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  • Sequestration and Army Readiness

    The President's sequestration has helped to bring the Army's readiness down to historically low levels.

    He amplified the dangers he sees now and ahead, particularly with the effects of sequestration.

    "Today our nation is facing enormous challenges. I believe we are at a strategic inflection point," Odierno said. "Our nation is facing determined enemies across the globe that have the desire, the capabilities and with increasing capacity to threaten not only our security, but the security of our allies. We continue to witness change in velocity of instability, unforeseen just a few years ago."

    http://www.militarytimes.com/story/m...vels/70805808/

    I have no doubt that people will blame this on the Republicans but the fact is sequestration is the President's plan:

    None other than NBC’s David Gregory today pressed Obama’s chief economic advisor, Gene Sperling, whether his boss told the truth in the third presidential debate that “the sequester is not something that I’ve proposed. It is something that Congress has proposed.” Sperling finally wilted under the pressure of tough questioning to admit that “yes, in fact, the sequestration was President Obama’s plan.”

    http://www.forbes.com/sites/paulrode...-on-sequester/
    "I don't discuss sitting presidents," Mattis tells NPR in an interview. "I believe that you owe a period of quiet."

  • #2
    Originally posted by Nichols View Post
    The President's sequestration has helped to bring the Army's readiness down to historically low levels.

    He amplified the dangers he sees now and ahead, particularly with the effects of sequestration.

    "Today our nation is facing enormous challenges. I believe we are at a strategic inflection point," Odierno said. "Our nation is facing determined enemies across the globe that have the desire, the capabilities and with increasing capacity to threaten not only our security, but the security of our allies. We continue to witness change in velocity of instability, unforeseen just a few years ago."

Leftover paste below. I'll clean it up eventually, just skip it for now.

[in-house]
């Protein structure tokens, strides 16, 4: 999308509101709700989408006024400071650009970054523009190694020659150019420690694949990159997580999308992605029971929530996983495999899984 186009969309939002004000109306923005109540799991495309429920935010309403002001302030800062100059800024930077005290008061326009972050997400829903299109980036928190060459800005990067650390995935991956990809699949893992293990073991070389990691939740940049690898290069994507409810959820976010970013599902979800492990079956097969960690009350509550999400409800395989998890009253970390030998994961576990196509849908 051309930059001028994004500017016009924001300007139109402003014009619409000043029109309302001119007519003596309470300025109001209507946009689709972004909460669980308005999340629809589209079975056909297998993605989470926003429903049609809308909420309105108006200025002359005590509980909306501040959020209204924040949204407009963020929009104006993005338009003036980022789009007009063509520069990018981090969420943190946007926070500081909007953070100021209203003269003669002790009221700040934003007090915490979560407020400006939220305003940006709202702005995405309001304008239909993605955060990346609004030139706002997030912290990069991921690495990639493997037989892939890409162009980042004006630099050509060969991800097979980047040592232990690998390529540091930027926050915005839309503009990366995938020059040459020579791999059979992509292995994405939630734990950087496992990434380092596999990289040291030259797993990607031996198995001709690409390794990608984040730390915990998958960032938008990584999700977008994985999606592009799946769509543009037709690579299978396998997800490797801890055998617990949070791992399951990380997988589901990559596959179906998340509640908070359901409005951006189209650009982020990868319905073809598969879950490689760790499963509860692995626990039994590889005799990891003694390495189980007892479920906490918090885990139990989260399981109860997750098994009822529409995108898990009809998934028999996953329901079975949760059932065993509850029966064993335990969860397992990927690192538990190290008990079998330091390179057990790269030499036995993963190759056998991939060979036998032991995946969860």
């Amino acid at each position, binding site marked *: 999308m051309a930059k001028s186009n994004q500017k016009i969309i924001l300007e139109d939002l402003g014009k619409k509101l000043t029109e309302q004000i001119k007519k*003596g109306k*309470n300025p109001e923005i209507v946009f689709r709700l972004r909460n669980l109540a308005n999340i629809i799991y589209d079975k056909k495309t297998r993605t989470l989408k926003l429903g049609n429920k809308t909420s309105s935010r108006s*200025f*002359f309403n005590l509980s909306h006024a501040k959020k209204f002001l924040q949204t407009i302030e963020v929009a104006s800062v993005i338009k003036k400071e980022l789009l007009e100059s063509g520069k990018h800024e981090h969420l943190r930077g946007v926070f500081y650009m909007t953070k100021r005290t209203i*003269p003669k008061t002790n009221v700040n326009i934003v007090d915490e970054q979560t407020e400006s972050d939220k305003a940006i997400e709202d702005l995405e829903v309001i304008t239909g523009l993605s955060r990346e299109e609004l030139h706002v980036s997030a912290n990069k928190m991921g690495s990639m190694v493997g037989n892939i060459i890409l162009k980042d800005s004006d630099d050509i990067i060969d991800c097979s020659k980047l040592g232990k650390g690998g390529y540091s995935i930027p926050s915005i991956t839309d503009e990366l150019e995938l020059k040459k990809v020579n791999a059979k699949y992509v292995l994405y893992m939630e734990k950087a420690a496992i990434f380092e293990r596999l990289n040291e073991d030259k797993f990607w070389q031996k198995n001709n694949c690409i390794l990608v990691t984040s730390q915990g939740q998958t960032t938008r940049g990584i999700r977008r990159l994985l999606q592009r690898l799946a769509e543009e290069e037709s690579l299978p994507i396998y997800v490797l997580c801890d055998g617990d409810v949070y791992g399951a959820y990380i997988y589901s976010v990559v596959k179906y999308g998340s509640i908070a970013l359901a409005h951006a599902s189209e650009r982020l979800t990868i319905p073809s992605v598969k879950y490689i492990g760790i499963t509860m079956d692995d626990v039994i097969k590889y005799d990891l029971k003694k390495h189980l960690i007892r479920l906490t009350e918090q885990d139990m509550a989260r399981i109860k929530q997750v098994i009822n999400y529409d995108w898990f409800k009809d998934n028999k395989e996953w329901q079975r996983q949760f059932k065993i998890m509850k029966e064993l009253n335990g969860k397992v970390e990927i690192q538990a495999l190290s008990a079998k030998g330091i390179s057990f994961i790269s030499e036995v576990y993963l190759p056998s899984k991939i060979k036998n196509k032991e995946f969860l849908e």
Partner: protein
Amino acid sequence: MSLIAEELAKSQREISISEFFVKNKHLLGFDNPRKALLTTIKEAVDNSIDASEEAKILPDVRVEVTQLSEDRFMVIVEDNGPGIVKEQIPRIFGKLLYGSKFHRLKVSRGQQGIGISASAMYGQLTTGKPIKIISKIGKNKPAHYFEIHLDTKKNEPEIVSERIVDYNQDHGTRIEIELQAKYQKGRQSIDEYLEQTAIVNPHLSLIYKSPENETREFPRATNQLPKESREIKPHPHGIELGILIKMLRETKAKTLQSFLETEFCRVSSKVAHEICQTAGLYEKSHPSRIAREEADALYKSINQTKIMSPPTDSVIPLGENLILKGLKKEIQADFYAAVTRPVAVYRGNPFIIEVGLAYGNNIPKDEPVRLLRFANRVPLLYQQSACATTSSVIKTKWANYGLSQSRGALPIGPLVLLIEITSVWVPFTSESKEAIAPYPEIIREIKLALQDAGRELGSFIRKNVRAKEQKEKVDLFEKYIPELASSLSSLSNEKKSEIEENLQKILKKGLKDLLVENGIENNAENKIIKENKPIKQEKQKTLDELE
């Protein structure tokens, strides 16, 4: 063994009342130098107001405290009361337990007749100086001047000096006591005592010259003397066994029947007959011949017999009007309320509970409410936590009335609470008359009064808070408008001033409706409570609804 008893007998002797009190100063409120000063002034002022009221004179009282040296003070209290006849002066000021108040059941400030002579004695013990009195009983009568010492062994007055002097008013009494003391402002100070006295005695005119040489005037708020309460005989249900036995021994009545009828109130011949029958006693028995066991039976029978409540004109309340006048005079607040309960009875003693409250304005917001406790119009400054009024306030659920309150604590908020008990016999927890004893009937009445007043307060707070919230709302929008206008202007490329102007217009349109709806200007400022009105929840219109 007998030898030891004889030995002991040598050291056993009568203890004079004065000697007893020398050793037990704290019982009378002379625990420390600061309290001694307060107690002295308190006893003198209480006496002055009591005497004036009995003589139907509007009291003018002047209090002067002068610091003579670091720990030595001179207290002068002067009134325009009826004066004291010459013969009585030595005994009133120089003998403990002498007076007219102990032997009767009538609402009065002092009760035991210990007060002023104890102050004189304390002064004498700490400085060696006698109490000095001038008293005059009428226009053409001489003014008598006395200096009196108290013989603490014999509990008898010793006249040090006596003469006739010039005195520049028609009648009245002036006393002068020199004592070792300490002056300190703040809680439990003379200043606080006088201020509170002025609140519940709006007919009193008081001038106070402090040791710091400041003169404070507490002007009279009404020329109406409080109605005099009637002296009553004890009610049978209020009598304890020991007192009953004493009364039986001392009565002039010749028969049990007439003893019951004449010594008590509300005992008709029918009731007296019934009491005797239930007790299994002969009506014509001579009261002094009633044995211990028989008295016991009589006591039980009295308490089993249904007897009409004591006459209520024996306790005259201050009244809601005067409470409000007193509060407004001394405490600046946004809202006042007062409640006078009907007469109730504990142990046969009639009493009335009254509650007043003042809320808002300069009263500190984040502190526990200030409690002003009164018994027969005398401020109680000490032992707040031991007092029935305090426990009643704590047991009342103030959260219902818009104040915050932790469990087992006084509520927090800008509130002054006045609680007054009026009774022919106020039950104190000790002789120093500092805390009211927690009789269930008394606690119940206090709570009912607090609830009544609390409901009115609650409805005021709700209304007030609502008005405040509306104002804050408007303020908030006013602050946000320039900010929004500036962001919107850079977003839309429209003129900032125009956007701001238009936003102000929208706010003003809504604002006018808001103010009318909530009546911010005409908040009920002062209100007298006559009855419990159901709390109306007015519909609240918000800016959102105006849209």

http://www.militarytimes.com/story/m...vels/70805808/

    I have no doubt that people will blame this on the Republicans but the fact is sequestration is the President's plan:

    None other than NBC’s David Gregory today pressed Obama’s chief economic advisor, Gene Sperling, whether his boss told the truth in the third presidential debate that “the sequester is not something that I’ve proposed. It is something that Congress has proposed.” Sperling finally wilted under the pressure of tough questioning to admit that “yes, in fact, the sequestration was President Obama’s plan.”

    http://www.forbes.com/sites/paulrode...-on-sequester/
    I guess you guys really mean it when you say President Obama make laws by himself.

    Simple questions why does the GOP budget REFUSE to instruct the committees to include a repealed sequestration budget figures? You'd think that would be a top priority.
    “The time has come,” the Walrus said,
    “To talk of many things:
    Of shoes—and ships—and sealing-wax—
    Of cabbages—and kings—
    And why the sea is boiling hot—
    And whether pigs have wings.”
    ― Lewis Carroll

    Comment


    • #3
      Originally posted by Combat Engineer View Post
      I guess you guys really mean it when you say President Obama make laws by himself.
      I clearly highlighted "plan" I didn't say anything about the President making a law.

      You obviously know the difference between 'plan' and 'law'

      Why are you changing the wording?
      "I don't discuss sitting presidents," Mattis tells NPR in an interview. "I believe that you owe a period of quiet."

      Comment


      • #4
        Originally posted by Nichols View Post
        I clearly highlighted "plan" I didn't say anything about the President making a law.

        You obviously know the difference between 'plan' and 'law'

        Why are you changing the wording?
        Plan's have no effect on the Army and DoD spending authorizations now do they? What PLAN did he propose in the Exec Dept budget submitted to Congress this year? The Plan concerning Sequestration?
        “The time has come,” the Walrus said,
        “To talk of many things:
        Of shoes—and ships—and sealing-wax—
        Of cabbages—and kings—
        And why the sea is boiling hot—
        And whether pigs have wings.”
        ― Lewis Carroll

        Comment


        • #5
          Originally posted by Combat Engineer View Post